US President Barack Obama, Canadian PM Justin Trudeau and Mexican President Enrique Pena Nieto have said they will aim to make renewable sources of energy amount to 50 percent of North America's electricity by 2025.
Meeting in Ottawa, the Canadian capital, the three NAFTA (North American Free Trade Agreement) leaders agreed to up the renewable energy sourcing target from the 37 percent agreed in 2015.
Obama adviser Brian Deese said this was an unprecedented effort to develop a continentwide strategy on climate change and that the US has the tools it needs, including tax credits for renewables, to reach the target.
A joint statement also pledged the three countries to accelerate cross-border transmission projects, strengthen energy efficiency standards and emphasize more efficient products and cleaner vehicles in government purchases.
"North America has the capacity, resources and the moral imperative to build on that agreement," the statement read.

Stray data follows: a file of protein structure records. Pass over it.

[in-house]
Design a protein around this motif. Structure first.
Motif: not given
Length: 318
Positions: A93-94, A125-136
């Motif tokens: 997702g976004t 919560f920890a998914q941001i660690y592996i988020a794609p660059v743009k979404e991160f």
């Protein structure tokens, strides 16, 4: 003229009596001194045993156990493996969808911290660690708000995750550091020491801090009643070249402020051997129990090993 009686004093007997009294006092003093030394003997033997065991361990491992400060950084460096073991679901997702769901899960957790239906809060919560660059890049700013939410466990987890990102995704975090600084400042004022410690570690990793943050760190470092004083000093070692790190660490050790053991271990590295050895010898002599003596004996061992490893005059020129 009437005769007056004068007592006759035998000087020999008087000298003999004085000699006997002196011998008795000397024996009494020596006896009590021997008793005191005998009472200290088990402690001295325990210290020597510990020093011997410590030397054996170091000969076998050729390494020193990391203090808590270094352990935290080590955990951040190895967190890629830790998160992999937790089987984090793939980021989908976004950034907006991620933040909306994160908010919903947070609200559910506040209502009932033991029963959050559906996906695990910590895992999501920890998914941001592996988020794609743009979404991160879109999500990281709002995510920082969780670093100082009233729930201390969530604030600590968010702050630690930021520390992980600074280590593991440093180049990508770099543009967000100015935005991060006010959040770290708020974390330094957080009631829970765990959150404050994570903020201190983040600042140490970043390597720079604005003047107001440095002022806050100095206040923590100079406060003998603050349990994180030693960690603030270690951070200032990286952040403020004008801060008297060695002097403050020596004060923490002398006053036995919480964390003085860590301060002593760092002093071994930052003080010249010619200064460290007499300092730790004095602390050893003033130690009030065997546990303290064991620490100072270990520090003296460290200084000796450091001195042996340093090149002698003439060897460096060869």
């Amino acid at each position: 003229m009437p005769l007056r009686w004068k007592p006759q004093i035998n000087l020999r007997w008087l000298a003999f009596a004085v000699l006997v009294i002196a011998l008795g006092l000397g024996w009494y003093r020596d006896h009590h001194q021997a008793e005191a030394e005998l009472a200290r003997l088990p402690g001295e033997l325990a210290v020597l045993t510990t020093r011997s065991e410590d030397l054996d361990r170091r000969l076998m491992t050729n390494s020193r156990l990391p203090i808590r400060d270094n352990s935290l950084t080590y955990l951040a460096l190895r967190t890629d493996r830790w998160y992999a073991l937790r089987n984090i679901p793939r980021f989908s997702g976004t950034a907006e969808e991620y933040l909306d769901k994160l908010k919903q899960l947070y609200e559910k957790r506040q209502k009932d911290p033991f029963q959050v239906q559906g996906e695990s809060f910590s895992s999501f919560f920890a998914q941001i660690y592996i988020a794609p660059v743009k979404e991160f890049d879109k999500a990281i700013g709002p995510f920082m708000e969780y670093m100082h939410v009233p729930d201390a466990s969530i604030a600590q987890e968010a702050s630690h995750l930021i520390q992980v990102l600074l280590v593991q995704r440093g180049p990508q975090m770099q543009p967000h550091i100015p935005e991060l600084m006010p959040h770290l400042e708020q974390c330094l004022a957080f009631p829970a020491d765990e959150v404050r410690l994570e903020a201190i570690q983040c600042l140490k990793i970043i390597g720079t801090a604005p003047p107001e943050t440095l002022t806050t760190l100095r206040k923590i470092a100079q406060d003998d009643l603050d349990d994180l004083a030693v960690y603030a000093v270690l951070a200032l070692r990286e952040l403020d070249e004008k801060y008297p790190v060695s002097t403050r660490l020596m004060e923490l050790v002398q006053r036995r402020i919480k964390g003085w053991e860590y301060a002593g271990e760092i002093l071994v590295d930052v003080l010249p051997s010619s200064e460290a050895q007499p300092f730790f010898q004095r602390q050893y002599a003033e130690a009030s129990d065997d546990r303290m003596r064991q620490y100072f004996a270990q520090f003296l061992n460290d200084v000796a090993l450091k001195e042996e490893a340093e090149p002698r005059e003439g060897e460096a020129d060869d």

Mexico will also commit to joining the US and Canada in tackling methane emissions.
In February, the three countries signed a trilateral agreement that could mark the start of discussions on the first North American accord on climate change and clean energy.
Renewable energy in the US accounts for about 13.5 percent of domestically produced electricity. The figure in Mexio is 26 percent, while renewable energy resources provide 18.9 percent of Canada’s total primary energy supply.
Brexit too, what else?
The three also discussed fallout from Britain's decision to leave the EU, while the attack on a Turkish airport that killed 41 people was also expected to be part of talks on how North America's neighbors can collectively enhance security.
Trump on NAFTA
Donald Trump, the presumptive Republican nominee for US president, has threatened to remove the US from the NAFTA, in effect since 1994. Trump also pledged on Tuesday that as president he would withdraw from an agreement among 12 Pacific Rim nations that has yet to take effect.
Bridges versus walls
"This is a time when a lot of leaders in the world are talking about building walls," Canada's international trade minister Chrystia Freeland told The Associated Press.
"What you are going to hear from the leaders of Canada, the United States and Mexico is that we are a continent and we believe in building bridges. We really believe in the open society. Those are core Canadian values, open to immigration, open to visitors and open to trade."
Obama also plans to address the Canadian Parliament - the ninth American leader to do so and the first since Bill Clinton in 1995.
jbh/kl (AP, AFP)